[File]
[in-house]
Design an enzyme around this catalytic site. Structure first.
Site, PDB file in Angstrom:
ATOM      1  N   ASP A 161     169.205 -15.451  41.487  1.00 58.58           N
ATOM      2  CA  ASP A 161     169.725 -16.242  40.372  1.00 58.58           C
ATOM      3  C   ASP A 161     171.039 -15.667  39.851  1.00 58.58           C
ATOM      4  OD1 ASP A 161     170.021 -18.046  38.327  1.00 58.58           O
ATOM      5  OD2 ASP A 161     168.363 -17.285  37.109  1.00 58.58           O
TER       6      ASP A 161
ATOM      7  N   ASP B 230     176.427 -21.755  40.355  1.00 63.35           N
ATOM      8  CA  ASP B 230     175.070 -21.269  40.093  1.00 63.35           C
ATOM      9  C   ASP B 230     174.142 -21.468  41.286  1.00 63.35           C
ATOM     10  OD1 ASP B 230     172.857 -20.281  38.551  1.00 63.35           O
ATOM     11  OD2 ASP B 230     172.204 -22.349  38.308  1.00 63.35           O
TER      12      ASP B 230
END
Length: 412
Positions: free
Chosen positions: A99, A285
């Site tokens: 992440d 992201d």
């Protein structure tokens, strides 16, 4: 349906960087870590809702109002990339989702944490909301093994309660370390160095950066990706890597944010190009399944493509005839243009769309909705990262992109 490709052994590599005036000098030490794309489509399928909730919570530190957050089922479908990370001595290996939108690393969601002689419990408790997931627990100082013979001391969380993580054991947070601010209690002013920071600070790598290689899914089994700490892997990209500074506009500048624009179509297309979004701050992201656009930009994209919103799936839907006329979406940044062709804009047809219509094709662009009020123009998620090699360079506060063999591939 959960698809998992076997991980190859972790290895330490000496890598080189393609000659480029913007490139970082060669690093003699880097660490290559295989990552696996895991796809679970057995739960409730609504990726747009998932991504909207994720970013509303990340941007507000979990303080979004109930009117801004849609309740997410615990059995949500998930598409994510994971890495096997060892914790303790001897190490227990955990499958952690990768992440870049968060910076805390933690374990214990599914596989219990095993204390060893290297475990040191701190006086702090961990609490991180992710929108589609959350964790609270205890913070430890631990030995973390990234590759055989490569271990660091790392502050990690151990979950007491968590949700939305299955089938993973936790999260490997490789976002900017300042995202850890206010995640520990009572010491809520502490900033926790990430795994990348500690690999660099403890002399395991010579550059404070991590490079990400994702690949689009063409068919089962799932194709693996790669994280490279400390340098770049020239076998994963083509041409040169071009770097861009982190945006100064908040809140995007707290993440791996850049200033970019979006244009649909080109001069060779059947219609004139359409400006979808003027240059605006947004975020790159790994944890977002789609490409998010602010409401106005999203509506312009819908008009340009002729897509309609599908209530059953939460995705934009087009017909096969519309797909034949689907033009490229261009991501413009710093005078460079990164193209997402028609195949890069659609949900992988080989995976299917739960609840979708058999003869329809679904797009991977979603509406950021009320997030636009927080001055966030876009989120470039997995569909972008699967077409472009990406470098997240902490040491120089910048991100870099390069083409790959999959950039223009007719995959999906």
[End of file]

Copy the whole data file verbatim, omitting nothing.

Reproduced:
[in-house]
Design an enzyme around this catalytic site. Structure first.
Site, PDB file in Angstrom:
ATOM      1  N   ASP A 161     169.205 -15.451  41.487  1.00 58.58           N
ATOM      2  CA  ASP A 161     169.725 -16.242  40.372  1.00 58.58           C
ATOM      3  C   ASP A 161     171.039 -15.667  39.851  1.00 58.58           C
ATOM      4  OD1 ASP A 161     170.021 -18.046  38.327  1.00 58.58           O
ATOM      5  OD2 ASP A 161     168.363 -17.285  37.109  1.00 58.58           O
TER       6      ASP A 161
ATOM      7  N   ASP B 230     176.427 -21.755  40.355  1.00 63.35           N
ATOM      8  CA  ASP B 230     175.070 -21.269  40.093  1.00 63.35           C
ATOM      9  C   ASP B 230     174.142 -21.468  41.286  1.00 63.35           C
ATOM     10  OD1 ASP B 230     172.857 -20.281  38.551  1.00 63.35           O
ATOM     11  OD2 ASP B 230     172.204 -22.349  38.308  1.00 63.35           O
TER      12      ASP B 230
END
Length: 412
Positions: free
Chosen positions: A99, A285
């Site tokens: 992440d 992201d």
């Protein structure tokens, strides 16, 4: 349906960087870590809702109002990339989702944490909301093994309660370390160095950066990706890597944010190009399944493509005839243009769309909705990262992109 490709052994590599005036000098030490794309489509399928909730919570530190957050089922479908990370001595290996939108690393969601002689419990408790997931627990100082013979001391969380993580054991947070601010209690002013920071600070790598290689899914089994700490892997990209500074506009500048624009179509297309979004701050992201656009930009994209919103799936839907006329979406940044062709804009047809219509094709662009009020123009998620090699360079506060063999591939 959960698809998992076997991980190859972790290895330490000496890598080189393609000659480029913007490139970082060669690093003699880097660490290559295989990552696996895991796809679970057995739960409730609504990726747009998932991504909207994720970013509303990340941007507000979990303080979004109930009117801004849609309740997410615990059995949500998930598409994510994971890495096997060892914790303790001897190490227990955990499958952690990768992440870049968060910076805390933690374990214990599914596989219990095993204390060893290297475990040191701190006086702090961990609490991180992710929108589609959350964790609270205890913070430890631990030995973390990234590759055989490569271990660091790392502050990690151990979950007491968590949700939305299955089938993973936790999260490997490789976002900017300042995202850890206010995640520990009572010491809520502490900033926790990430795994990348500690690999660099403890002399395991010579550059404070991590490079990400994702690949689009063409068919089962799932194709693996790669994280490279400390340098770049020239076998994963083509041409040169071009770097861009982190945006100064908040809140995007707290993440791996850049200033970019979006244009649909080109001069060779059947219609004139359409400006979808003027240059605006947004975020790159790994944890977002789609490409998010602010409401106005999203509506312009819908008009340009002729897509309609599908209530059953939460995705934009087009017909096969519309797909034949689907033009490229261009991501413009710093005078460079990164193209997402028609195949890069659609949900992988080989995976299917739960609840979708058999003869329809679904797009991977979603509406950021009320997030636009927080001055966030876009989120470039997995569909972008699967077409472009990406470098997240902490040491120089910048991100870099390069083409790959999959950039223009007719995959999906």